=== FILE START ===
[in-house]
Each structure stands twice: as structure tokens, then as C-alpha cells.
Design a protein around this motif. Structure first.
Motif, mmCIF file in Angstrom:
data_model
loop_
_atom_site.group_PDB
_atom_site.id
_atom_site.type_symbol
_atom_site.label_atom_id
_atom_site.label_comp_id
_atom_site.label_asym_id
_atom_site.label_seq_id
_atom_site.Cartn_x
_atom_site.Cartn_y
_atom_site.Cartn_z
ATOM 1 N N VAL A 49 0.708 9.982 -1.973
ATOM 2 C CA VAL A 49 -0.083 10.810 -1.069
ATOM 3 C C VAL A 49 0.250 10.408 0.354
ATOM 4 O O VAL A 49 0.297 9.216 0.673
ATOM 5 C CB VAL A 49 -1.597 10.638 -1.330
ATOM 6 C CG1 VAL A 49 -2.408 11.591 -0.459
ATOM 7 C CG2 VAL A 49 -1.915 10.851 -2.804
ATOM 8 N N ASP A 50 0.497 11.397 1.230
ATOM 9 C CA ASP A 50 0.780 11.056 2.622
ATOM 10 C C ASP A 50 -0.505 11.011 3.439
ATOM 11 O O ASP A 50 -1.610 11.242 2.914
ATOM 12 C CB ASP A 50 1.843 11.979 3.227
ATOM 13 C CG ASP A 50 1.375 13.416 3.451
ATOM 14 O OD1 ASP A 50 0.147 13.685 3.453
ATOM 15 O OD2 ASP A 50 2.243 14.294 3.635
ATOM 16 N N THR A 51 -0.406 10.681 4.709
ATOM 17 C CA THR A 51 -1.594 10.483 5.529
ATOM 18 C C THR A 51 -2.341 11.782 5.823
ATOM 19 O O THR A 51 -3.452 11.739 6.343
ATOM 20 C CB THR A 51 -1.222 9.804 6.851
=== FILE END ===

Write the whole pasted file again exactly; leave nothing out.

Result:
[in-house]
Each structure stands twice: as structure tokens, then as C-alpha cells.
Design a protein around this motif. Structure first.
Motif, mmCIF file in Angstrom:
data_model
loop_
_atom_site.group_PDB
_atom_site.id
_atom_site.type_symbol
_atom_site.label_atom_id
_atom_site.label_comp_id
_atom_site.label_asym_id
_atom_site.label_seq_id
_atom_site.Cartn_x
_atom_site.Cartn_y
_atom_site.Cartn_z
ATOM 1 N N VAL A 49 0.708 9.982 -1.973
ATOM 2 C CA VAL A 49 -0.083 10.810 -1.069
ATOM 3 C C VAL A 49 0.250 10.408 0.354
ATOM 4 O O VAL A 49 0.297 9.216 0.673
ATOM 5 C CB VAL A 49 -1.597 10.638 -1.330
ATOM 6 C CG1 VAL A 49 -2.408 11.591 -0.459
ATOM 7 C CG2 VAL A 49 -1.915 10.851 -2.804
ATOM 8 N N ASP A 50 0.497 11.397 1.230
ATOM 9 C CA ASP A 50 0.780 11.056 2.622
ATOM 10 C C ASP A 50 -0.505 11.011 3.439
ATOM 11 O O ASP A 50 -1.610 11.242 2.914
ATOM 12 C CB ASP A 50 1.843 11.979 3.227
ATOM 13 C CG ASP A 50 1.375 13.416 3.451
ATOM 14 O OD1 ASP A 50 0.147 13.685 3.453
ATOM 15 O OD2 ASP A 50 2.243 14.294 3.635
ATOM 16 N N THR A 51 -0.406 10.681 4.709
ATOM 17 C CA THR A 51 -1.594 10.483 5.529
ATOM 18 C C THR A 51 -2.341 11.782 5.823
ATOM 19 O O THR A 51 -3.452 11.739 6.343
ATOM 20 C CB THR A 51 -1.222 9.804 6.851